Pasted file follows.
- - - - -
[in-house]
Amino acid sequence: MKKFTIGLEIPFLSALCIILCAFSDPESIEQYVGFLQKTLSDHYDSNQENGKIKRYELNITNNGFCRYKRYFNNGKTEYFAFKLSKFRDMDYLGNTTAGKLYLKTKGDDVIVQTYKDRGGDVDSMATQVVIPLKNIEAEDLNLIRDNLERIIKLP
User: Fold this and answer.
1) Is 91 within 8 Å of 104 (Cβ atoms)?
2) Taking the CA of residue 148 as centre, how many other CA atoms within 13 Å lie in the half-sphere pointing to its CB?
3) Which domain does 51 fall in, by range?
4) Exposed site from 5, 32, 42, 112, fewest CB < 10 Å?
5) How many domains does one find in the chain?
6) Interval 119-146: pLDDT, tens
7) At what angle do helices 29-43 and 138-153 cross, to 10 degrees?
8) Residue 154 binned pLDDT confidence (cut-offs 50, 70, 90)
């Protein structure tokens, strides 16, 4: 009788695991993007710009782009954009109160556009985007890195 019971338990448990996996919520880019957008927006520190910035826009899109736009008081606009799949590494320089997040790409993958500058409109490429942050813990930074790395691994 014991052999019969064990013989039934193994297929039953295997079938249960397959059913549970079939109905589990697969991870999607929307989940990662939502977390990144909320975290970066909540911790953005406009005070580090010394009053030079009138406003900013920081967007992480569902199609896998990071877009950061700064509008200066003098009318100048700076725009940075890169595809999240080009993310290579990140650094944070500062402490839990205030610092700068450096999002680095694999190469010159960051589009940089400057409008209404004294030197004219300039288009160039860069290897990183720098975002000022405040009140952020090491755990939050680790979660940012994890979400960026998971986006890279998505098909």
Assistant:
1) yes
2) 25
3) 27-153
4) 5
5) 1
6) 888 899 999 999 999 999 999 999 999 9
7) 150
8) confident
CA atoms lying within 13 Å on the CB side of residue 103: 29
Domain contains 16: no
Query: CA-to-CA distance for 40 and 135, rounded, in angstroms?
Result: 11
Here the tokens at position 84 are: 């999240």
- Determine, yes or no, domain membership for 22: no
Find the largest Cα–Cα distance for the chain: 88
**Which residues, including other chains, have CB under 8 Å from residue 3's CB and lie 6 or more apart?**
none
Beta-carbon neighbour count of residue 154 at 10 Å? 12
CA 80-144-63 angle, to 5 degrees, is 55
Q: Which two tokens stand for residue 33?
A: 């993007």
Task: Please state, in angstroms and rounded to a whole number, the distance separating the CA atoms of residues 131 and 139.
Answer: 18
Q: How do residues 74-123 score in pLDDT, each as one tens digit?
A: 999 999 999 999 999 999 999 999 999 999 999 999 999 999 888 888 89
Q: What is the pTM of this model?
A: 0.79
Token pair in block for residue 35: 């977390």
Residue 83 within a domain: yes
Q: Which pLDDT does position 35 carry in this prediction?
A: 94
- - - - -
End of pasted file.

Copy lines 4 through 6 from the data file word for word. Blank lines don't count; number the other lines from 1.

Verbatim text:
1) Is 91 within 8 Å of 104 (Cβ atoms)?
2) Taking the CA of residue 148 as centre, how many other CA atoms within 13 Å lie in the half-sphere pointing to its CB?
3) Which domain does 51 fall in, by range?